Communicating across borders
You are not attending a language beauty contest! Negotiators and scientists and many others use English as their working language when communicating across borders. This certainly goes for the Danes. Many Danes hate the Danish sound when they and others speak English. Will we be relieved of that burden if the UK leaves the EU?
English and French are the primary working languages in the EU. Translation agencies, interpreters and language teachers are naturally keenly aware of this. Over the years, many EU citizens have expressed concern over the smaller languages falling into oblivion. English and French are the dominant languages at the expense of millions of Spanish, Italian and Polish-speaking people.
Many negotiators feel that the Brits have the upper hand if the negotiation language is English. But what if they are no longer there? True, the Irish will still be more fluent in English than most of their fellow EU members. But still...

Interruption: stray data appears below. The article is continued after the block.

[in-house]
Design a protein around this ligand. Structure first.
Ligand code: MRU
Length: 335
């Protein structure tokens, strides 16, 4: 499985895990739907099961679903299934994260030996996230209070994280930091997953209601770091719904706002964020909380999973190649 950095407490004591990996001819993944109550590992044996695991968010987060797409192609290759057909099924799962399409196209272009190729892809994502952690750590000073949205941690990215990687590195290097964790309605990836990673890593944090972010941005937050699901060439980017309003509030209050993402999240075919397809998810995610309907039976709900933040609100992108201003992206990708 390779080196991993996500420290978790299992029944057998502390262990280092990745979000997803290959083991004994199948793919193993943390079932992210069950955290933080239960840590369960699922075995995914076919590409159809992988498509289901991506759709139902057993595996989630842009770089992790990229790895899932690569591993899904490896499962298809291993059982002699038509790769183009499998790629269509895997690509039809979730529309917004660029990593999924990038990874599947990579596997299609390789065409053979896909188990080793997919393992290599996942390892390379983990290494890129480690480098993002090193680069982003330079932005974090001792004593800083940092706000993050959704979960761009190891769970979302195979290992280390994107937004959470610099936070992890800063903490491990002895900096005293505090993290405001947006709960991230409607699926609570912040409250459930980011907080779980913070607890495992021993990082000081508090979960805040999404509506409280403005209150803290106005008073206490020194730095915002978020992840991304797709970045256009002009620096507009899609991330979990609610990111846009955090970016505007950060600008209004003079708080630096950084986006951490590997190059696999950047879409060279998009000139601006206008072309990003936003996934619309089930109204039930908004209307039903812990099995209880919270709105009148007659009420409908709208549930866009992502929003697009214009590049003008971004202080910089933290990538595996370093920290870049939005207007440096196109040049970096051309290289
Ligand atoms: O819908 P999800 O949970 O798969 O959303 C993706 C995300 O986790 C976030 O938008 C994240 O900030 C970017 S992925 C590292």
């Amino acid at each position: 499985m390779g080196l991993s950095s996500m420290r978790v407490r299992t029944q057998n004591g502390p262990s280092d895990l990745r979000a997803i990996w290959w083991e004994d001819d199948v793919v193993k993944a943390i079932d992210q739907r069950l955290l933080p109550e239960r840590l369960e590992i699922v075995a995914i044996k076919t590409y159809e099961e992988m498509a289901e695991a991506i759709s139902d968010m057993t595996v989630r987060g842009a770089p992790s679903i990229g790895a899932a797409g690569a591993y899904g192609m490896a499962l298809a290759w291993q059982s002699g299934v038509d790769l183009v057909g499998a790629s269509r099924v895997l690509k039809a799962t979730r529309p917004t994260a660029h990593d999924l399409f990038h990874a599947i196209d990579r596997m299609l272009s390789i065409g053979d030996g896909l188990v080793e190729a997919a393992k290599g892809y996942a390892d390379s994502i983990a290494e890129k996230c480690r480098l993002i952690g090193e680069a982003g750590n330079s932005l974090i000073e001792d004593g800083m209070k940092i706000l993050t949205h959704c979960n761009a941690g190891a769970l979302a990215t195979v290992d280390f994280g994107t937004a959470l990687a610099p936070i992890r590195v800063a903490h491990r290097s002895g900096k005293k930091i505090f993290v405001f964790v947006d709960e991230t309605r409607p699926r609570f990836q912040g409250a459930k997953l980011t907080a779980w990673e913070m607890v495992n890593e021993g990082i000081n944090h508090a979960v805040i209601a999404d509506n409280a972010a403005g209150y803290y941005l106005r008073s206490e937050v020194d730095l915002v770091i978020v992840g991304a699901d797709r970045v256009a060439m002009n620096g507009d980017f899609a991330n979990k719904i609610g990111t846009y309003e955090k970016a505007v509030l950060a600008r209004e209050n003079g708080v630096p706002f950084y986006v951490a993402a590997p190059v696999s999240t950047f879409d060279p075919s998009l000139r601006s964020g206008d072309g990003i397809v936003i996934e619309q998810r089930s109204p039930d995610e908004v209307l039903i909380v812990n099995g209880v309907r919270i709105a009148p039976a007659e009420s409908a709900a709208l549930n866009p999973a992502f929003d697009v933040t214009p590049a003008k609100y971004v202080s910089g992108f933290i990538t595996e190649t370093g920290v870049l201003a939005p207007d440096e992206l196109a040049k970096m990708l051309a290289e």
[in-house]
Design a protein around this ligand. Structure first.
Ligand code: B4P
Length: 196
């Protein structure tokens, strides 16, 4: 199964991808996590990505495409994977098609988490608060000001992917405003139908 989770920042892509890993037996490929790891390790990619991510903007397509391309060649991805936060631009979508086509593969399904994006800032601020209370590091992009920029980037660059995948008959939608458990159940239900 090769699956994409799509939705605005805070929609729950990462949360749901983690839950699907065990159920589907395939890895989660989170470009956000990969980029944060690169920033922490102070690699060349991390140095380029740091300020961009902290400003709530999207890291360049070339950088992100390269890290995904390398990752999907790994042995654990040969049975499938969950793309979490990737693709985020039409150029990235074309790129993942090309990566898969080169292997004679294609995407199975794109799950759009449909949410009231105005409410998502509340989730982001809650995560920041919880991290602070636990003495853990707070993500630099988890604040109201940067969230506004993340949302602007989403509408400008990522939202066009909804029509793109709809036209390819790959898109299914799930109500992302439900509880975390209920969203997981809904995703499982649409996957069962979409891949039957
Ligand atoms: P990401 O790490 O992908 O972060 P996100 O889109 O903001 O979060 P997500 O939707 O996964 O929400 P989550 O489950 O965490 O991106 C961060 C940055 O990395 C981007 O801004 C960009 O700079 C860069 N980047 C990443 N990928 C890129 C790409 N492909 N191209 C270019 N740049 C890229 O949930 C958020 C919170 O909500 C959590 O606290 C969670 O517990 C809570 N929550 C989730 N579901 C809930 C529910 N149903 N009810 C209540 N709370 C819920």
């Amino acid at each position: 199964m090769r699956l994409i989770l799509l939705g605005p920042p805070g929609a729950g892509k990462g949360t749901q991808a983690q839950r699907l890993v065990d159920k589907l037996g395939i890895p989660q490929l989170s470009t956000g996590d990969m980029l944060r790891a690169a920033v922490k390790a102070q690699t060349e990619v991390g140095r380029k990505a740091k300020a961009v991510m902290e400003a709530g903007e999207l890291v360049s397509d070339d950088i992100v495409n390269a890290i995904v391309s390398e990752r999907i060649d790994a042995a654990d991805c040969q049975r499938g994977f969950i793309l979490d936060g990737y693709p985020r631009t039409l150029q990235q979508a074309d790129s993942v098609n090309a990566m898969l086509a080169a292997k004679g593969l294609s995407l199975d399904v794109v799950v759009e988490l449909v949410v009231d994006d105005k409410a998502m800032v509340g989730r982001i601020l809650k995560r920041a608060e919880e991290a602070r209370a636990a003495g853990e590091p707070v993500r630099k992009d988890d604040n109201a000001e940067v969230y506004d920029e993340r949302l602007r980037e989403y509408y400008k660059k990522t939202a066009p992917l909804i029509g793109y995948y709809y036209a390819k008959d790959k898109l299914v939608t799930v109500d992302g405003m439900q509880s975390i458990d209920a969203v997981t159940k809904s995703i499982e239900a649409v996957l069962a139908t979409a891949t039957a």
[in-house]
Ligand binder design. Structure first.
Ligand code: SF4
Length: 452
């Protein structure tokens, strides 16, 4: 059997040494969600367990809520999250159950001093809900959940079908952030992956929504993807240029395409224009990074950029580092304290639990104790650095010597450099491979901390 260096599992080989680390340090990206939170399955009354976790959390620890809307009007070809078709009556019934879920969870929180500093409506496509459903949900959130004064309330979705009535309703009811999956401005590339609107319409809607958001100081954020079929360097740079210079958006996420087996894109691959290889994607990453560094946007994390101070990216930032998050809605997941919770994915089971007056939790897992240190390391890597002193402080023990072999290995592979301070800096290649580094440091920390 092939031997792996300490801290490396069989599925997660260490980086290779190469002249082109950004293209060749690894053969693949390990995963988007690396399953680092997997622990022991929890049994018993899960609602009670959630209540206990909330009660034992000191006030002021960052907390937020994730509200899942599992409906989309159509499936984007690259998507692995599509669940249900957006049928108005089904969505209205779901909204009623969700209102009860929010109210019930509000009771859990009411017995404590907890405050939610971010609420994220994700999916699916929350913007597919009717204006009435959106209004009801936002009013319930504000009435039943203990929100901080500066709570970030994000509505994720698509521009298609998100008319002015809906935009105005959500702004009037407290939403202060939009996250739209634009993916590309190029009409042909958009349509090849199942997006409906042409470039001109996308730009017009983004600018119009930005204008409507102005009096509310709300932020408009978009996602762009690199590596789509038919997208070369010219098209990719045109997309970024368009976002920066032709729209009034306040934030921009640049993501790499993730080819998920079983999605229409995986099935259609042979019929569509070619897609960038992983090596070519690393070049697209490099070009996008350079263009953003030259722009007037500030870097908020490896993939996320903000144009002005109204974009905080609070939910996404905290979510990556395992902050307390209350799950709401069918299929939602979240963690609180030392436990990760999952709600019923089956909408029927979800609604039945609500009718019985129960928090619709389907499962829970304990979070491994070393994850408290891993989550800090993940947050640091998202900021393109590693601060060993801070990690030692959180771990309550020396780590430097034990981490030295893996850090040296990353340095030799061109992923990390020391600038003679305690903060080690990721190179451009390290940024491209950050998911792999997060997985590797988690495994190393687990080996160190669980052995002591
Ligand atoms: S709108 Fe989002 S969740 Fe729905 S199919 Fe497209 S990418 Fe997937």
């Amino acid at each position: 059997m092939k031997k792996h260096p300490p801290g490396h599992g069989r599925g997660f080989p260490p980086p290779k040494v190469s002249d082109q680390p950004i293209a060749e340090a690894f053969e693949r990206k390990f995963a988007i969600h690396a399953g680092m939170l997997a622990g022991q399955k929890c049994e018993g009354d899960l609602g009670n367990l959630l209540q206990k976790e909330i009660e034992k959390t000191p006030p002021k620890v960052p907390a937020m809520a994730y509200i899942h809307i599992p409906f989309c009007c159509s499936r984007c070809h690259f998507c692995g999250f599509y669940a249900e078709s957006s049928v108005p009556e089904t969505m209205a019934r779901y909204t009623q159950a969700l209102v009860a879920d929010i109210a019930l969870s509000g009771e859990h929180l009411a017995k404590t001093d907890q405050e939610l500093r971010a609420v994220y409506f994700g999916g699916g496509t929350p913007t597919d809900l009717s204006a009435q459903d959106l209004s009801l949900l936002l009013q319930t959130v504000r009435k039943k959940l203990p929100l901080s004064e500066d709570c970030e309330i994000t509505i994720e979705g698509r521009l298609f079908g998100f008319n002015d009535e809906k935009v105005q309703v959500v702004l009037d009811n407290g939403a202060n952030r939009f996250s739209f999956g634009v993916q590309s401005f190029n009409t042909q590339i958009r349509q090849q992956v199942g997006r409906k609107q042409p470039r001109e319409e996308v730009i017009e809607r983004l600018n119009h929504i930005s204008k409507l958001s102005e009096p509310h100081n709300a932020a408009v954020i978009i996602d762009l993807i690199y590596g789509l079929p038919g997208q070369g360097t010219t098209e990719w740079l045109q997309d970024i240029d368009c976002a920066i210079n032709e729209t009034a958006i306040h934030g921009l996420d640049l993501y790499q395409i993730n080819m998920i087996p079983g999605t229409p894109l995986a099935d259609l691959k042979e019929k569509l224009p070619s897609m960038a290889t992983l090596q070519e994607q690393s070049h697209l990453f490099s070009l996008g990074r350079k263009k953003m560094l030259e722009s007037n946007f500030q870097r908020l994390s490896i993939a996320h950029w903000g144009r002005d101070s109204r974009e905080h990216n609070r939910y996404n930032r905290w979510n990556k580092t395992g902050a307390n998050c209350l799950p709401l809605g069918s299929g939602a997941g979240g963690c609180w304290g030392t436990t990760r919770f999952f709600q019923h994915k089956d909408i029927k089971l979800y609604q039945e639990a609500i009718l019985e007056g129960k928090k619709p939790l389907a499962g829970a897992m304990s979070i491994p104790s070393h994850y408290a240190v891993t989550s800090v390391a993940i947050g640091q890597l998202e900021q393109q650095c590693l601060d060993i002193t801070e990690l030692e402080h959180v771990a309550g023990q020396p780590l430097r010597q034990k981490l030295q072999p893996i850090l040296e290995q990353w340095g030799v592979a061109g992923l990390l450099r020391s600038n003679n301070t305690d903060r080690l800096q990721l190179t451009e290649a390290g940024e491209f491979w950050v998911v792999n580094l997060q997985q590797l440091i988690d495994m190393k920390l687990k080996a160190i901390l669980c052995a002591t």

At GlobalDenmark we believe that using one’s mother tongue in a multilingual and multicultural environment is not necessarily an advantage. See our blog from 2 May. The challenge is not attending a language beauty contest, but ensuring that all parties involved understand each other. Culture and attitude are as important as language skills.
Most polls anticipate a Brexit in a few hours. Nobody can tell with much certainty what consequences this will have. Except, perhaps, that it will not be pretty. Will the English language gain more credibility in the EU if the UK leaves the family? Hm… let’s return to this subject in a few years’ time.